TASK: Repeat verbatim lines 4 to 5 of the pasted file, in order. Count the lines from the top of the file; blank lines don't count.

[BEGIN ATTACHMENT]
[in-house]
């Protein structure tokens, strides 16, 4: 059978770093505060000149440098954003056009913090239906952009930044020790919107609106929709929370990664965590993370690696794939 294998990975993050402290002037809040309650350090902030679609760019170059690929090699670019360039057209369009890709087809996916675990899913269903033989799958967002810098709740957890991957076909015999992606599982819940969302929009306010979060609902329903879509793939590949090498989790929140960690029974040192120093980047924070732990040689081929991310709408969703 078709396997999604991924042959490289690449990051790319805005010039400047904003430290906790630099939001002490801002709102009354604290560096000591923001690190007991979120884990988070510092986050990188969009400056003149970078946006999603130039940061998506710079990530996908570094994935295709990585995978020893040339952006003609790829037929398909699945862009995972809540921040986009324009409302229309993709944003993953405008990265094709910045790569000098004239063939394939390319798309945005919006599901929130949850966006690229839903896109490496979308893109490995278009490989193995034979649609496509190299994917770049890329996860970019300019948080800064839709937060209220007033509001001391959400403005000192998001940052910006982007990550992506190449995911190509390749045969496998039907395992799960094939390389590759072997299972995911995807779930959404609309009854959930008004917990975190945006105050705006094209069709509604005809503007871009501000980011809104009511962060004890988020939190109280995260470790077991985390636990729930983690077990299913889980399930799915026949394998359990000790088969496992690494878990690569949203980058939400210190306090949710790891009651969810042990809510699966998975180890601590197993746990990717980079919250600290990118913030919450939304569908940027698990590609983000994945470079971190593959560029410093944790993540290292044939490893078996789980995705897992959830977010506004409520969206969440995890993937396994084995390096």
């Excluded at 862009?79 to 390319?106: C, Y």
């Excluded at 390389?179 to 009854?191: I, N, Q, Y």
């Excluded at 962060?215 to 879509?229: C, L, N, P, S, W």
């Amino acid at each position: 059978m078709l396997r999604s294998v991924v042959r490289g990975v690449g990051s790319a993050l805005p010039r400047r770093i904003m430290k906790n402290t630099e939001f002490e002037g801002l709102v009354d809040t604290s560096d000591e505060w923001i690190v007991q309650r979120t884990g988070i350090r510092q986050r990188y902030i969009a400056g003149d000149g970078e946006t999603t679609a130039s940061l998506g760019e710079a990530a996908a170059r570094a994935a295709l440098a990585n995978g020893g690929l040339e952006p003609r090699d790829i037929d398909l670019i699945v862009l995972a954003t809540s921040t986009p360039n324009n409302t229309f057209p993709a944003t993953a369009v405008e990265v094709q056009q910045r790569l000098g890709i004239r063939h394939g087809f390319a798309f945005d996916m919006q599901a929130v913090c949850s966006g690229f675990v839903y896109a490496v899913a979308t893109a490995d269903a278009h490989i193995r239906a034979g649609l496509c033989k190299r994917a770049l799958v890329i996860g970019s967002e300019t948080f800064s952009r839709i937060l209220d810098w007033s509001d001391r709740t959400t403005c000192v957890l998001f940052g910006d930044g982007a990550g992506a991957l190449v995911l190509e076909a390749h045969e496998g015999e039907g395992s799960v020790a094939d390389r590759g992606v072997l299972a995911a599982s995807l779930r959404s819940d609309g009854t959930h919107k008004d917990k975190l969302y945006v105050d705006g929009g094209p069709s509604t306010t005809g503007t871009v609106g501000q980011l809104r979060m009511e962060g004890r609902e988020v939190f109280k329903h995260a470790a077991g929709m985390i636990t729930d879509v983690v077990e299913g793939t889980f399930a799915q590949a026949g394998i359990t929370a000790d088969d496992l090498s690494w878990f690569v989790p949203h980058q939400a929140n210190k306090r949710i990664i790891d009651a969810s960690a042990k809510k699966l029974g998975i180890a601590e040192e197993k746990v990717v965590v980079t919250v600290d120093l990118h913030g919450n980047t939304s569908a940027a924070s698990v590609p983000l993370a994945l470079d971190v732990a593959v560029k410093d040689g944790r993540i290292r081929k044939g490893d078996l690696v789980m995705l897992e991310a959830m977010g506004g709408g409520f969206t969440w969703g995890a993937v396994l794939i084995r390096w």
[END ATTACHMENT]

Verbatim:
């Excluded at 390389?179 to 009854?191: I, N, Q, Y």
């Excluded at 962060?215 to 879509?229: C, L, N, P, S, W």